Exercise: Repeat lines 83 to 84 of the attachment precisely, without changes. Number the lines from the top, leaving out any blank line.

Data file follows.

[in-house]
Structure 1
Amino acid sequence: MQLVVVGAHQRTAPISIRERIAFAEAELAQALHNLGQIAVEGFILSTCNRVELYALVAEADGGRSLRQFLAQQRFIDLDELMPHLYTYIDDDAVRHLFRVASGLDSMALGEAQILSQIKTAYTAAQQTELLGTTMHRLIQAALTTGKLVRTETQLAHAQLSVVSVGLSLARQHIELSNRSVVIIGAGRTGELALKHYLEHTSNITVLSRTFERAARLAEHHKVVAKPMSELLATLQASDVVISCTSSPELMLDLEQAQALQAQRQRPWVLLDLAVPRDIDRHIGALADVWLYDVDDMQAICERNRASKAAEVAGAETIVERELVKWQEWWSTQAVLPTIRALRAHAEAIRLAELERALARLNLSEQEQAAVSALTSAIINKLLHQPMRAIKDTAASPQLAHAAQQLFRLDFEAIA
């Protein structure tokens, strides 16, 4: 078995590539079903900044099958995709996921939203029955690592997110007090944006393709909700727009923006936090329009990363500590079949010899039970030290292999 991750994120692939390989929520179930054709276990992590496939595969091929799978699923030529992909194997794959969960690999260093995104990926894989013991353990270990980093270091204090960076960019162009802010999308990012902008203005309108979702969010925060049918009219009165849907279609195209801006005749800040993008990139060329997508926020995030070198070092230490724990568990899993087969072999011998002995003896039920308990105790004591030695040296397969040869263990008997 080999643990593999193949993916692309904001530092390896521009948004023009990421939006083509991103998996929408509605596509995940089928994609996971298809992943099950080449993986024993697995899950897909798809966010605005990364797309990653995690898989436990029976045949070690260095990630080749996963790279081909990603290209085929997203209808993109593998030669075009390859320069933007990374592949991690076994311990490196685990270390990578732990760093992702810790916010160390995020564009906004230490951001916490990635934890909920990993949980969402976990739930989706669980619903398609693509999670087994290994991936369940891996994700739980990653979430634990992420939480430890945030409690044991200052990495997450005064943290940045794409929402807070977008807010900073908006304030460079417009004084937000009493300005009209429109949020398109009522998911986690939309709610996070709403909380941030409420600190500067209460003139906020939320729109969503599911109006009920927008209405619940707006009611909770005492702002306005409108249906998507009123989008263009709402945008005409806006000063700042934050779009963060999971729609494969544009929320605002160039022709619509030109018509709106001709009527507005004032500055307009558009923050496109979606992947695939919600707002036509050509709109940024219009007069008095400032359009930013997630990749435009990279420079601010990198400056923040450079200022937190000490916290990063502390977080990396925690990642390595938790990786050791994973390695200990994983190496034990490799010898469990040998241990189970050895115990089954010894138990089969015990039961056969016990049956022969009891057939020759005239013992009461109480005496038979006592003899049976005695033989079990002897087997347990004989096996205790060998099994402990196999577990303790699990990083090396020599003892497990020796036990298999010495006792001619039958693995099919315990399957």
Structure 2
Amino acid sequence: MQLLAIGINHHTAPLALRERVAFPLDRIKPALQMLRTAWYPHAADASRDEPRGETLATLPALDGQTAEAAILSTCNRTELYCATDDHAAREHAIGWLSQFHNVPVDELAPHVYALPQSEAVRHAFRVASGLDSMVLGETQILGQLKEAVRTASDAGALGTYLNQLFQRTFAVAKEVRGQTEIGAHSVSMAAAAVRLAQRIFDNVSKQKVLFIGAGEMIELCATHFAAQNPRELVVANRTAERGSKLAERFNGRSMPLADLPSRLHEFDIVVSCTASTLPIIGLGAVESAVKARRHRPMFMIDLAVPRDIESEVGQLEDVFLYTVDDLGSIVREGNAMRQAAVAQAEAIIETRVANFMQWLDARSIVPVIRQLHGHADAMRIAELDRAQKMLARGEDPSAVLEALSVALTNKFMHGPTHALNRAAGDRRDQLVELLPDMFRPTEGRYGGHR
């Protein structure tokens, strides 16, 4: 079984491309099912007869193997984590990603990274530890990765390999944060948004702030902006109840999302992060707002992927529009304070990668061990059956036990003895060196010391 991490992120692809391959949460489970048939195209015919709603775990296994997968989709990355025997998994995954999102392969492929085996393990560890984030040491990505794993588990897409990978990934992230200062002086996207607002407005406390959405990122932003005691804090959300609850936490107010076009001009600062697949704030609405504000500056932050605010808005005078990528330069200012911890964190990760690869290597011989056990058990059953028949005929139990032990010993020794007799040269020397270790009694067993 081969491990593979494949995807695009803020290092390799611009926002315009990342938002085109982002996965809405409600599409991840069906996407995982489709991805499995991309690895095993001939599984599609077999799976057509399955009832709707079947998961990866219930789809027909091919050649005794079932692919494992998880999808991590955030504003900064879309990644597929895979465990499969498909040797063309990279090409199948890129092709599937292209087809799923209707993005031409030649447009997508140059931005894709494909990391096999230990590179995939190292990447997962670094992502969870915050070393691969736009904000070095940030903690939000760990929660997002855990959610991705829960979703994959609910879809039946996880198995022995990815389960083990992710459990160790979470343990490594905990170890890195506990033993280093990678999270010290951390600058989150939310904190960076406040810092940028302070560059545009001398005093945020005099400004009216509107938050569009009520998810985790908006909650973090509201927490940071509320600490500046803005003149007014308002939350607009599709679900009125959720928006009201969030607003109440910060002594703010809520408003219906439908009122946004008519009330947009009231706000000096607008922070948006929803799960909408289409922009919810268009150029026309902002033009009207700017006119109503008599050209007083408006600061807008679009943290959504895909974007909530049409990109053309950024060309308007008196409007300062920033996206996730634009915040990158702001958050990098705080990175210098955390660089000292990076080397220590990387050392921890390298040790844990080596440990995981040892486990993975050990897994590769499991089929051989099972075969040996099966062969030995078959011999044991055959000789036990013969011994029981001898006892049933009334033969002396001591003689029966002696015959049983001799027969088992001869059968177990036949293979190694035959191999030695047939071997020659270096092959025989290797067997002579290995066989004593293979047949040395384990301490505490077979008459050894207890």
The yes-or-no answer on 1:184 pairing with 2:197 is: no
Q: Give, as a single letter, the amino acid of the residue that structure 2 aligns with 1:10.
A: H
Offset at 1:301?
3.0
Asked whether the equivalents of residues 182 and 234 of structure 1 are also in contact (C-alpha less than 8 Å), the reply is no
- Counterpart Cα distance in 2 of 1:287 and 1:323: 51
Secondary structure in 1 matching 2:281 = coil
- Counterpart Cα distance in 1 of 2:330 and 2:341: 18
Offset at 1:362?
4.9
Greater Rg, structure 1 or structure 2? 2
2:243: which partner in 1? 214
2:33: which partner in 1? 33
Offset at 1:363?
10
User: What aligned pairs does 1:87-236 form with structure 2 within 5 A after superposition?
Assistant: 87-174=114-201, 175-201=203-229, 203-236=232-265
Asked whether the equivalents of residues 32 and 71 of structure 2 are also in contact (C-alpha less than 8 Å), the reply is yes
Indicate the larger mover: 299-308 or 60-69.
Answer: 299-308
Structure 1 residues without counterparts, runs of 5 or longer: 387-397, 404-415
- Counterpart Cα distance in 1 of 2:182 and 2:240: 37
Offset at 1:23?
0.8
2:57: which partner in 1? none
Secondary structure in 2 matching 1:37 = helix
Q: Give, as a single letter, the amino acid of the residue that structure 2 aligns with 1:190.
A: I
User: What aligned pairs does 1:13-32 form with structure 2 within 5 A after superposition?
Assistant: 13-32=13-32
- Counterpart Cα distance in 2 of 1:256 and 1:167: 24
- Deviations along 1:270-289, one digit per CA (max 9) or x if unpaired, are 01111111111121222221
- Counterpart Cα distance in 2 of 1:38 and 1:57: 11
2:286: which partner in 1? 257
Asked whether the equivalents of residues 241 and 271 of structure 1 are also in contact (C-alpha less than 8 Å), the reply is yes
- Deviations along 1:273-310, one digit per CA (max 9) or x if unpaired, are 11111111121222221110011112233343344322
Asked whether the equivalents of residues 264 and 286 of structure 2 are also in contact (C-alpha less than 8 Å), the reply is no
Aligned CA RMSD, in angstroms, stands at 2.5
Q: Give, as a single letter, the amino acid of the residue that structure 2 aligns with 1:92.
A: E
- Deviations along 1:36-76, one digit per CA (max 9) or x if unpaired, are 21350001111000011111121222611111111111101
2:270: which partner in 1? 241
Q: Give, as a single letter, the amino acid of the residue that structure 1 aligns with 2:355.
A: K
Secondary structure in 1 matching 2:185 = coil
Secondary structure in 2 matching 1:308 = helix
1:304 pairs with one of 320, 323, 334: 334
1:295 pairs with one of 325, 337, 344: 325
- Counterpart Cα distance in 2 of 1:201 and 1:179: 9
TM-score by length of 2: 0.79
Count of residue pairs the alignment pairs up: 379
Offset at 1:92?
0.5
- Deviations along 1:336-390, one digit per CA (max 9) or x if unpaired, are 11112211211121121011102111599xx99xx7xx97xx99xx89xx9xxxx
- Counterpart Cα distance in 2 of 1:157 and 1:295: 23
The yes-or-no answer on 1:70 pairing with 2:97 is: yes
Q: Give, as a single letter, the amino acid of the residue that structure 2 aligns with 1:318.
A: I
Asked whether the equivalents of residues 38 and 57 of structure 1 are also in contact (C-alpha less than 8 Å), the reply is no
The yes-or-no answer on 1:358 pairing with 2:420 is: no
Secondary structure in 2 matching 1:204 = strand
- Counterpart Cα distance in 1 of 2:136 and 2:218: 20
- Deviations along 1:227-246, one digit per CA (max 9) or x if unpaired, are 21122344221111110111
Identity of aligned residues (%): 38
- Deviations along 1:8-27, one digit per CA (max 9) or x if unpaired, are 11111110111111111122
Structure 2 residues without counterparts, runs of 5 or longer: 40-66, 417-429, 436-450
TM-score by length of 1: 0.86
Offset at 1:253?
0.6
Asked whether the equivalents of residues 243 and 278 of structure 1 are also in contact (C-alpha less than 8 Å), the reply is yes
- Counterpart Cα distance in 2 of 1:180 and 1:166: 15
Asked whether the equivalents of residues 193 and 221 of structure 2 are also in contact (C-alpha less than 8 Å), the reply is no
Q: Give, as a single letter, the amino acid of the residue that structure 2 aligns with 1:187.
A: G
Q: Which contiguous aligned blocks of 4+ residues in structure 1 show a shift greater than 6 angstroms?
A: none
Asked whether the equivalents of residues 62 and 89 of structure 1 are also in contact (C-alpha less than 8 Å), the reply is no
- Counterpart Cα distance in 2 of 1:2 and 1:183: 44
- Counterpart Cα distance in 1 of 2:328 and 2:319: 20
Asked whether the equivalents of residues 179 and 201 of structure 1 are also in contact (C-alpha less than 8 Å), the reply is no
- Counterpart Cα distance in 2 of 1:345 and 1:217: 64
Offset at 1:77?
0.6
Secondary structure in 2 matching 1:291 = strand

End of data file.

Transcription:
Q: Which contiguous aligned blocks of 4+ residues in structure 1 show a shift greater than 6 angstroms?
A: none